Water- A Global Experiment with Hydrogels
Hydrogels are manufactured polymers found in many products. In this project, students investigate what effect hydrogels have on the water cycle. Instructions, data, and teacher resources are available.
Don’t miss the Back to School #CitSciChat on Twitter with @CoopSciScoop on Wednesday, September 9th at 3:30pm ET.
Contact the SciStarter Team


Categories: Citizen Science

The Search for Zombie Crabs: The 2015 Chesapeake Bay Parasite Project

By Guest September 2nd, 2015 at 6:00 am | Comment

This is a guest post by Monaca Noble, a biologist at the Smithsonian Environmental Research Center’s Marina Invasions Laboratory. For the last 10 years, Ms. Noble has worked on issues related to the transport of marine species in ballast water and the introduced parasite Loxothylacus panopaei.
Some young volunteers help measure fish and eels. Photo by Monaca Noble.

Some young volunteers help measure fish and eels. Photo by Monaca Noble.

This June, 49 enthusiastic volunteers came out to search for zombie crabs in Maryland’s Chesapeake Bay. Together they searched through shells from 52 crab collectors distributed throughout the Chesapeake Bay’s tributaries. Volunteers found thousands of White-fingered Mud Crabs (Rhithropanopeus harrisii), hundreds of fish (Naked Gobies, American Eels, and others), and several parasitized zombie crabs at our site on Broomes Island, MD.

What are zombie crabs? Zombie crabs are mud crabs that have been parasitized with the introduced parasitic barnacle, Loxothylacus panopaei (Loxo for short). Loxo is a parasite native to the Gulf of Mexico, the Caribbean, and parts of Florida. It parasitizes at least nine species of mud crabs (xanthid crabs) throughout this range. Read the rest of this entry »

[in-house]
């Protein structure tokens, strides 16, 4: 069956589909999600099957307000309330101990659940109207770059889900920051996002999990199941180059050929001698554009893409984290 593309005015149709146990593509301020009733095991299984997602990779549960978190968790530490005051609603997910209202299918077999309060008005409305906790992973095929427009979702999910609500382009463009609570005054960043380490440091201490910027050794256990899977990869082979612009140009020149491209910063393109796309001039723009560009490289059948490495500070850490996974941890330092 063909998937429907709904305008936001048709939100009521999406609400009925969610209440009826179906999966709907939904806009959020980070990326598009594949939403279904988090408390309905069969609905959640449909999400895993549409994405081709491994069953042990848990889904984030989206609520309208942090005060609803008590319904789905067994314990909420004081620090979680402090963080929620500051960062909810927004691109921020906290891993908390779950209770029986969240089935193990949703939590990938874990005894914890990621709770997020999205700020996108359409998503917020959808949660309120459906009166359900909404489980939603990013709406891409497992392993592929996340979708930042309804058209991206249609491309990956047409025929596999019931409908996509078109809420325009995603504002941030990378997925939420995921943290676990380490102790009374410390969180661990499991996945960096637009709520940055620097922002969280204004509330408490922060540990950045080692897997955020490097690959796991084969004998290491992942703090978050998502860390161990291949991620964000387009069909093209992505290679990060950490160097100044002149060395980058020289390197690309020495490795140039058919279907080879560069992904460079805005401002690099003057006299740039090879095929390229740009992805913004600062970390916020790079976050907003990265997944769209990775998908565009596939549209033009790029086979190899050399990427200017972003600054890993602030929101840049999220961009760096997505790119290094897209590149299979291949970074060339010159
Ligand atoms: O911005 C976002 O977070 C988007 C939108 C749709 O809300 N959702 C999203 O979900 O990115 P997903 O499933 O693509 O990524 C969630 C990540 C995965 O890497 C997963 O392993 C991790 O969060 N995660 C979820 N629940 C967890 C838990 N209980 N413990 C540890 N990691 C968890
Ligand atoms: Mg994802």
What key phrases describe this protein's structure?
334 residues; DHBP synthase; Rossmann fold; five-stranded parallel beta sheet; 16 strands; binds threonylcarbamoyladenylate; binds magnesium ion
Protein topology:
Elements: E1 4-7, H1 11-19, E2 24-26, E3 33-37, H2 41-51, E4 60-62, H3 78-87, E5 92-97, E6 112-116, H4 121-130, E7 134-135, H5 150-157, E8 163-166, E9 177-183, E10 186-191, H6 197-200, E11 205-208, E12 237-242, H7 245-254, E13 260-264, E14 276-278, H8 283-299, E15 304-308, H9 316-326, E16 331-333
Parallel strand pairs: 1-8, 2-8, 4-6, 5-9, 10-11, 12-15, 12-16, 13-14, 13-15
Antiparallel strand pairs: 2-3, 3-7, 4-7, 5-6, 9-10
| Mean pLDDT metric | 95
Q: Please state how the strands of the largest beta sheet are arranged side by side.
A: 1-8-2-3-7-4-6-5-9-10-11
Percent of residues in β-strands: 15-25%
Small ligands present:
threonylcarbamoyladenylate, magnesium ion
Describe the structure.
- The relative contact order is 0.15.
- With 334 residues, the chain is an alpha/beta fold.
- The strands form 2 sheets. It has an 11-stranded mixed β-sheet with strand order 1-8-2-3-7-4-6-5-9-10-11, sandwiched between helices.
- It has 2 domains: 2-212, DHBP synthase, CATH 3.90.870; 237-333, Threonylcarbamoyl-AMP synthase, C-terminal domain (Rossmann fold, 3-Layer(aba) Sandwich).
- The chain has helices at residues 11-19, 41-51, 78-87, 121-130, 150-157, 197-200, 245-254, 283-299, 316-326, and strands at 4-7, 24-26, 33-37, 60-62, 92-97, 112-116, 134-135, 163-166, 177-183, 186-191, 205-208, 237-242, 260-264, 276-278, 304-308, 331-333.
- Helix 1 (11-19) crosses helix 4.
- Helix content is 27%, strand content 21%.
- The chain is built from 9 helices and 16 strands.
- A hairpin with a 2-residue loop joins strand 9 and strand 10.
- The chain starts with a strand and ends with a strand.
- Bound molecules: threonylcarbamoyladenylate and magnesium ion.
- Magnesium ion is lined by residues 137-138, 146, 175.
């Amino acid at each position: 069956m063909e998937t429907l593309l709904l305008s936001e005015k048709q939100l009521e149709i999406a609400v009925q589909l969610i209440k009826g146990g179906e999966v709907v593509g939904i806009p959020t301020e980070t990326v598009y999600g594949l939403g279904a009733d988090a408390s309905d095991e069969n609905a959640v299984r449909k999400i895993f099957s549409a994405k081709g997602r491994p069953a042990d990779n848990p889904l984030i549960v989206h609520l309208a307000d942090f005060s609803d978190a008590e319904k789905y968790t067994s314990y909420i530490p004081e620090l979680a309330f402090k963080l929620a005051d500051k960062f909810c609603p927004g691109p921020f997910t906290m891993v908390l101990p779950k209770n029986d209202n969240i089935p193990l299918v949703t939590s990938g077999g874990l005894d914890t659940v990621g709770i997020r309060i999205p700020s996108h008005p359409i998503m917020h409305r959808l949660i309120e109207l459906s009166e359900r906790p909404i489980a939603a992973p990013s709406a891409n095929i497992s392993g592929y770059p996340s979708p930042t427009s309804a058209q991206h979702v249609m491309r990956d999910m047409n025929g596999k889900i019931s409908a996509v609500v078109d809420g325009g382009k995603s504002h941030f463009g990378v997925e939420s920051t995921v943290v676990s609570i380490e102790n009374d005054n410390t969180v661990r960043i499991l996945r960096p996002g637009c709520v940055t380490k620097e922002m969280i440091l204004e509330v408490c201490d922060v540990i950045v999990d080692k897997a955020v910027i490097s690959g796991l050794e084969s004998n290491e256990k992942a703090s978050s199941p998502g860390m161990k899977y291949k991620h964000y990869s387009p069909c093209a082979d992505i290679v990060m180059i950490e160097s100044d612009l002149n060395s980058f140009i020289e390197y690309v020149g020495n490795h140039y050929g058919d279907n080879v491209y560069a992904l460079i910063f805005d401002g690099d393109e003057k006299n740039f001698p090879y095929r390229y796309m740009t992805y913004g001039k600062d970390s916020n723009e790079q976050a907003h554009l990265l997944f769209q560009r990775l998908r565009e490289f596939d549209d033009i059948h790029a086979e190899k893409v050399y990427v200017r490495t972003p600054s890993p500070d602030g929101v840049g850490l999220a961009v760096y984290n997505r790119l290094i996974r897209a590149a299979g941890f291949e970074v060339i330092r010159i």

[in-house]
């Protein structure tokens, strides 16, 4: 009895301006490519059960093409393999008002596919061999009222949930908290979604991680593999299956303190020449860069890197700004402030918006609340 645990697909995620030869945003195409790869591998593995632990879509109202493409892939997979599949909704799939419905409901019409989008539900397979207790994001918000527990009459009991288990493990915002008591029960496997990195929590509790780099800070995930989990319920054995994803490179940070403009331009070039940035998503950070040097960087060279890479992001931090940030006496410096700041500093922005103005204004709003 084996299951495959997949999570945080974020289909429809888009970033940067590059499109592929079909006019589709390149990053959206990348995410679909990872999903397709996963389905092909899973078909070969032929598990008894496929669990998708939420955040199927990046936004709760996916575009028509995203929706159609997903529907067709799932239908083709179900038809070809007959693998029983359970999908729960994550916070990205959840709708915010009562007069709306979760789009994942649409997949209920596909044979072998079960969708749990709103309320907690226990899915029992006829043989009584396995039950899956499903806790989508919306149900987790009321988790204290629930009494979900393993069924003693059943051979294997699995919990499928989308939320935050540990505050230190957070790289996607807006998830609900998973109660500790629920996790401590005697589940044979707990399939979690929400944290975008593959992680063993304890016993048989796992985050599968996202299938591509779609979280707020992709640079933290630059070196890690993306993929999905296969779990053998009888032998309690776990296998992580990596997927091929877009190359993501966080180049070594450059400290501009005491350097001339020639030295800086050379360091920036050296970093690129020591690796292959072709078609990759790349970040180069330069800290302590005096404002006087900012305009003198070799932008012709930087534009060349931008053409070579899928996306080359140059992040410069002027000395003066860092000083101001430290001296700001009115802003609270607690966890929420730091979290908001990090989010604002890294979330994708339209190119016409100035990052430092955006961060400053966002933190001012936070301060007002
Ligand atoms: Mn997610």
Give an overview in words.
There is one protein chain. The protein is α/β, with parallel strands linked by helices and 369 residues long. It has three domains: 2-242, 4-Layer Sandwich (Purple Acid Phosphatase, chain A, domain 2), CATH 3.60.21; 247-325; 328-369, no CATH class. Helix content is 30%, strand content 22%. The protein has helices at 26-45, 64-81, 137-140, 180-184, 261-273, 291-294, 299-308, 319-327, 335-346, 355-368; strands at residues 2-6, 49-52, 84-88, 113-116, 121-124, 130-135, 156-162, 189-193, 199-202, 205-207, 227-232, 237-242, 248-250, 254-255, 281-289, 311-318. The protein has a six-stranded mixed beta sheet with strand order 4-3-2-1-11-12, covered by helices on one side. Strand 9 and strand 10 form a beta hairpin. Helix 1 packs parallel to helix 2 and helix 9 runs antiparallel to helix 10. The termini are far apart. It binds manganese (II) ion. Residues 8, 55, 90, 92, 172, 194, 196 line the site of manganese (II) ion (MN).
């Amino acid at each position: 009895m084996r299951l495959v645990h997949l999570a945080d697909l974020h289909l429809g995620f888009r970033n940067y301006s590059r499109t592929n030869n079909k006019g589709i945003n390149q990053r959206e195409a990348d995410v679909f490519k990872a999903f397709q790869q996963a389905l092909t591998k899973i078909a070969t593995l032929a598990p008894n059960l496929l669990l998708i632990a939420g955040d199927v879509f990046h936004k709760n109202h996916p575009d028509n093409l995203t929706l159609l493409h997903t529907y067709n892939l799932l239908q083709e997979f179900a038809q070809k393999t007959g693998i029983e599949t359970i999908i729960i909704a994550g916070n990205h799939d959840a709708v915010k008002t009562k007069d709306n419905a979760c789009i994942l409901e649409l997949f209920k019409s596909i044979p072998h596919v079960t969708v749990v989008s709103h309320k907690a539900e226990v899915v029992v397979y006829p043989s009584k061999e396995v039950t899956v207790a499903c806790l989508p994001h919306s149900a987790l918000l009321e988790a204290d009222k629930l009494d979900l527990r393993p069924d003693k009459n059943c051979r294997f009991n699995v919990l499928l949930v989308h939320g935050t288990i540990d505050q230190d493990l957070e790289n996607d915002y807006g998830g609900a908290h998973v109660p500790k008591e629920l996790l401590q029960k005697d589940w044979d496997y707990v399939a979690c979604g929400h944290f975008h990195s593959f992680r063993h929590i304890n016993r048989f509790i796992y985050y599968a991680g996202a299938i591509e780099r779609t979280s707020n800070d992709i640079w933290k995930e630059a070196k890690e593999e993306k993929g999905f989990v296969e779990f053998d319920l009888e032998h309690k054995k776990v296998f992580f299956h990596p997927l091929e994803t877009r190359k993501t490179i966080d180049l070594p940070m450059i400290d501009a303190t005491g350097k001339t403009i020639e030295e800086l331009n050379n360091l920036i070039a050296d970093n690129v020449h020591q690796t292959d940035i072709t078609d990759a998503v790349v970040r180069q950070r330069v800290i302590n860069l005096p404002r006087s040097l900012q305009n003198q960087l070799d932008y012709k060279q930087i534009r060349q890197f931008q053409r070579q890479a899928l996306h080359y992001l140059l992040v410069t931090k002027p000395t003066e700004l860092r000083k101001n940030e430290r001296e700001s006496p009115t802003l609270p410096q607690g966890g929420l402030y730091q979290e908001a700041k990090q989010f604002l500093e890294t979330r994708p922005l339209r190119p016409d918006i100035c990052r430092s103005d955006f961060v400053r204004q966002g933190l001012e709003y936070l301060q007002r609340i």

Does Your Personality Affect Your Dog? Here’s How You Can Find Out

By Editorial Team August 31st, 2015 at 6:25 am | Comment

animal-dog-pet-cuteResearchers are trying to find out how your personality affects your dog’s behavior. Learn how you can participate in the largest citizen science project of its kind.

by Kristin Butler

When I adopted my dog Kia from a puppy rescue center three years ago, I became a member of a growing sub-culture of people who focus their time, money, and love on their dogs.

Once valued for their ability to perform work, dogs are now more often considered to be a part of the family. This trend is evidenced by an increasing number of pet friendly hotels, restaurants, and workplaces in our communities; by brain imaging research that indicates we love our dogs like we love our kids; and by economic statistics that show we are spending more money than ever on our four-legged friends. Read the rest of this entry »

Categories: Citizen Science

Coop’s Scoop: Citizen science to study your dog, because your dog studies you

By Caren Cooper August 25th, 2015 at 2:33 pm | Comment

by tlparadis

by tlparadis

Thank you, Lassie for saving my life! And thank you Rover, Spot, Fido, Benji, and Snoopy. We can all shout this refrain, not just those pulled from a burning building or comforted by slobbery kisses. Dogs may have saved the entire human race. Not recently, but back when our species was just starting out on the journey to dominate the Earth.

Neanderthals were in Europe and Asia for two hundred thousand years, but began their demise as our people, Homo sapiens, expanded beyond Africa. Like Neanderthals, humans hunted, used tools, were pyrotechnic, and social enough to have cliques. Some researchers suspect that humans had one advantage that Neanderthals lacked: the precursor to (hu-)man’s best friend, the domesticated dog. Less wild than wolves, more wild than today’s collie, early humans likely survived an epoch of environmental change with the help of furry friends that were eventually domesticated as dogs. Read the rest of this entry »